Do you have any ideas of your own?

Take this time to create your own startup. I have a ton of ideas that are self-sustaining if you're interested.


Yes, I have two startups that are on their way to being very successful. Though, it'll take 4-6 months before I'm financially free of working at all.

Unfortunately, I don't have that much saved up.


So you're saying in 4-6 months you'll be free of working at all but worry about these 4-6 months? Sorry, sounds fishy to me.


When I read that, I assumed there was an implicit "if all goes well". :)


can you succeed with both of them at once?


There was a similar thread not long ago: http://news.ycombinator.com/item?id=445776

And my comment from that thread: http://news.ycombinator.com/item?id=445836


Put a some info in your profile here; you never know who needs help with their startup.

Have you tried some of the Gig boards that are out there like 37Signals and Joel on Software? I've had good luck with those before trying to find a way to make some spending money.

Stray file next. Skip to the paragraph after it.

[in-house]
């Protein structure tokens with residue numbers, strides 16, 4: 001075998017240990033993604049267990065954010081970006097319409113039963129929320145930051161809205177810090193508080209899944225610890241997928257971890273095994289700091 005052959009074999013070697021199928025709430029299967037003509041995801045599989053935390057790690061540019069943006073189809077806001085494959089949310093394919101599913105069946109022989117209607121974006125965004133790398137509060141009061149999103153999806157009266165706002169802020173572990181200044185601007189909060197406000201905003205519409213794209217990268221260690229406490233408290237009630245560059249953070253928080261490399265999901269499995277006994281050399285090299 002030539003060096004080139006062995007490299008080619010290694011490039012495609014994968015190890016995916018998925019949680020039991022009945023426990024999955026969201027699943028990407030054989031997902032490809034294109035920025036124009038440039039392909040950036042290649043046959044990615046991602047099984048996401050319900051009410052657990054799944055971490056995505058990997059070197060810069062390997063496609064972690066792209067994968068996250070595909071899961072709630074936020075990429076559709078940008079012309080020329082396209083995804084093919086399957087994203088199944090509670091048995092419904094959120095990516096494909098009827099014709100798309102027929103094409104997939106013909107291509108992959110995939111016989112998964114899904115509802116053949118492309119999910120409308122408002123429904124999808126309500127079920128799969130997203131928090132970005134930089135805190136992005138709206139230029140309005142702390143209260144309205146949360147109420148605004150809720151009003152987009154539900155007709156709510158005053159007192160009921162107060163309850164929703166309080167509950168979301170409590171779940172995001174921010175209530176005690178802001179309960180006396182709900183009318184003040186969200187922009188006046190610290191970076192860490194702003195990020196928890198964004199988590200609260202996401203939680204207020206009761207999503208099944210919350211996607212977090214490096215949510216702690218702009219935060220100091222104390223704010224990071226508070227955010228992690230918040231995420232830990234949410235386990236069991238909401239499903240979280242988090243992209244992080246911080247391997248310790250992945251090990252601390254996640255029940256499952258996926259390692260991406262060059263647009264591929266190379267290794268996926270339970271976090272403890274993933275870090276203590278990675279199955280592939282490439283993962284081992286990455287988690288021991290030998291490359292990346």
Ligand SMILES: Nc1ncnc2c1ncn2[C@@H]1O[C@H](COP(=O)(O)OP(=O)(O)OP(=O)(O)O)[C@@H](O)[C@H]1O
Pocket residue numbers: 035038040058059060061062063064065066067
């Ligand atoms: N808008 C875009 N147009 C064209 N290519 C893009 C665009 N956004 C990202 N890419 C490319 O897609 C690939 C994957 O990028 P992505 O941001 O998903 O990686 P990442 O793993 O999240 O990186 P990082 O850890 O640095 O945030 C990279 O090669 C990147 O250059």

Seriously. People who are freelancers and don't have stuff in their profile irritate me. We're always looking for people with skillsets like yours.


Fixed. :)


I'm...asking everyone I know if they know anyone in need

Good, but: Are you clear on exactly what your ideal client looks like? If you're not, then this question won't be clear. If the question is vague or general, it's easier to answer 'no' than to think about it.

You'll get more responses with a clear question like "Know any business owners with less than 20 staff who want to use their technology better?" than asking the vague "Know anyone who needs RoR and PHP work?"

(Obviously, you know how to phrase this for your service offering better than I.)